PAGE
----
By Chelsea Galvez |Staff Writer|
When the student clicks on the link, they discover there are three obligations needed to sign up for the pledge.
These obligations include signing a 4-year pledge contract, promising to register for 15 units every quarter, and staying aware of the pledge obligations.
“CSUSB is committed to student success in several ways. The Four Year Graduation Pledge is one method that the university works to ensure that students are able to complete their degree in the allotted four years,” said Academic Advisor Ebony Staten.
According to Staten, interest in the program has grown tremendously. In 2010, there were 46 students enrolled in the program, but this number grew to 105 students in 2011, 251 students in 2012, and 401 students in 2013.
According to the school’s online document, the Four Year Pledge is only offered to freshmen, allows for priority registration, specialized advisement, as well as guaranteed course offerings to those who meet the specified requirements.
By doing so, the university commits to the idea that the student will be able to graduate within four years.
According to the official pledge, incoming freshmen must sign a contract which obligates them to take all qualifying exams, placement tests, take a minimum of 15 units per quarter, maintain a “C” average, enroll at scheduled times, meet with an advisor periodically, take courses as they are available and comply with all university policies.
“After four years of full time enrollment, if it is determined that required courses were not made available then that student will not be required to pay tuition or fees for subsequent terms needed to graduate. However, there have been no situations where a student has had this issue to date,” said Staten.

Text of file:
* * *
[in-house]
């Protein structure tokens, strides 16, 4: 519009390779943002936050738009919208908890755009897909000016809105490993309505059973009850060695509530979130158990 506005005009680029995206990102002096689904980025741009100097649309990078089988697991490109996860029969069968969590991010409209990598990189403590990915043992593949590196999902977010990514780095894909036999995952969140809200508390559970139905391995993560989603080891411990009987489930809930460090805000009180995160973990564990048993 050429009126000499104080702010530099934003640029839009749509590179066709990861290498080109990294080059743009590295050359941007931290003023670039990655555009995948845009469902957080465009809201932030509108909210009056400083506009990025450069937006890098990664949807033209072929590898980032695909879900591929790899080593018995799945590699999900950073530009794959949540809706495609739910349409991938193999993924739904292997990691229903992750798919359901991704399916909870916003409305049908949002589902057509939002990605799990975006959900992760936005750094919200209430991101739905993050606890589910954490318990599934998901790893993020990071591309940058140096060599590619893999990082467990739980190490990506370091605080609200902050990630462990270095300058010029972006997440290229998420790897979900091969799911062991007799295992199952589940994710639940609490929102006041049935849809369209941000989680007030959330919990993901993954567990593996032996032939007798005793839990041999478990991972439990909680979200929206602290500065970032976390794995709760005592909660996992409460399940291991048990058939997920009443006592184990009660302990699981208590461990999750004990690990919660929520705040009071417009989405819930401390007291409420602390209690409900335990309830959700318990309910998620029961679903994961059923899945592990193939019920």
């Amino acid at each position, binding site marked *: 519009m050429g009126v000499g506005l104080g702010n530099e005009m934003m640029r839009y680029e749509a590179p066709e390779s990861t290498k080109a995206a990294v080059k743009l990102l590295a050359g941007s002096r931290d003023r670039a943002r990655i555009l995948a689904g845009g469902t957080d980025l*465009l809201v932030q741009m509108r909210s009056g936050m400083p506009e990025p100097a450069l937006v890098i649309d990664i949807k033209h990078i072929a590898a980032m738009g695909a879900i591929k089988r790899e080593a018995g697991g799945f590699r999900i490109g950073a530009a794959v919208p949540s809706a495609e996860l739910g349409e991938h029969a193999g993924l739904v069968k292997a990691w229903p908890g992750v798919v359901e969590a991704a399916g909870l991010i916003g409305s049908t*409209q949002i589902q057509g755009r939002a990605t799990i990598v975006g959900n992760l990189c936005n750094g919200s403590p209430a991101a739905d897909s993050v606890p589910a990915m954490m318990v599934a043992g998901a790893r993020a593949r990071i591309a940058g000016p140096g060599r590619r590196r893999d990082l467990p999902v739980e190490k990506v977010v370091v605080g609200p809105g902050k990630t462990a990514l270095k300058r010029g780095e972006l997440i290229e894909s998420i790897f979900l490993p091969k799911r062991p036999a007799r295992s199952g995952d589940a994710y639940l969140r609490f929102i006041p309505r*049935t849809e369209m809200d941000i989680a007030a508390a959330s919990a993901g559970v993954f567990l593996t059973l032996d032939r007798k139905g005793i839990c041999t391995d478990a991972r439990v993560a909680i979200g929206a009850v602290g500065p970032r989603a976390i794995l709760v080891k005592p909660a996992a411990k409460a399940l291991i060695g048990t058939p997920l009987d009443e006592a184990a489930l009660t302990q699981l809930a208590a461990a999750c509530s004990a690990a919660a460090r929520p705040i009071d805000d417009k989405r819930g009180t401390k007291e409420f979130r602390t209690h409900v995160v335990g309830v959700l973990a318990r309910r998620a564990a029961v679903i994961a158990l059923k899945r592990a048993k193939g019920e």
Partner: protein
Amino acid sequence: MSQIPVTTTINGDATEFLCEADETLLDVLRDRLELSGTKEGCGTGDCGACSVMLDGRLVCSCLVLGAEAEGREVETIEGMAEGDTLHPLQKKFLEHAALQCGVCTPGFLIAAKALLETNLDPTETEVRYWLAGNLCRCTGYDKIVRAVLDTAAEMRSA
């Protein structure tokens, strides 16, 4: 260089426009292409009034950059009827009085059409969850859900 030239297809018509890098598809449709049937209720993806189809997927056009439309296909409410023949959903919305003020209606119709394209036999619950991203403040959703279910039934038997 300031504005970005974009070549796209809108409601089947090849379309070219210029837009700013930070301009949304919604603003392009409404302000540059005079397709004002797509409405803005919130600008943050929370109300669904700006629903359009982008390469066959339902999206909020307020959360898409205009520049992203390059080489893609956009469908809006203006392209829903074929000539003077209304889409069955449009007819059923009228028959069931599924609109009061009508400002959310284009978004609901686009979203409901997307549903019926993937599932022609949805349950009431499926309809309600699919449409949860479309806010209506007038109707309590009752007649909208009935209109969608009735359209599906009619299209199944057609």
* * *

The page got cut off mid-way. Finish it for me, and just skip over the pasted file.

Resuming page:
While there are many obligations required of students to reap the benefits of the Four Year Pledge, students who signed the contract believe they have really benefited from the program.
“The Four Year Pledge has been very beneficial to me and has allowed me to get all the necessary classes I need. It allowed me to get all the pre-requisites I needed for the nursing program in a timely manner,” said student Chelsea Smithfield.
“Without the four year pledge I can’t say for sure whether or not I would have gotten the classes when I did or whether I’d be in the nursing program today,” added Smithfield.
Conversely, students who were unable to comply with the requirements remain grateful for the pledge, even though it was only available to them for a short time.
“The pledge has been really beneficial to me the few quarters I was able to receive its benefits, but I definitely don’t think I will be graduating in four years because I am aiming at getting into the nursing program, which will set me back in graduation because it is a three year program and I have not been able to apply for it yet,” said student Hailey Barnett.
Students who participate in the program should be aware of the fine print and obligations required to graduate within four years.
According to Staten, some students who pledge find they are unable to graduate within four years when they become overwhelmed with work, family, a change in or of their majors and minors, and other unforeseen circumstances.
The university is looking for more ways to increase student access to programs like these to ensure students get to have a timely graduation.
“The university only provides this program to incoming freshmen, however, I am in the process of discussing the development of a 2-Year Graduation Pledge program for transfer students,” said Staten.
Staten is working on improving the program and broadening the eligible group, but made no definitive promises. “Stay tuned,” said Staten.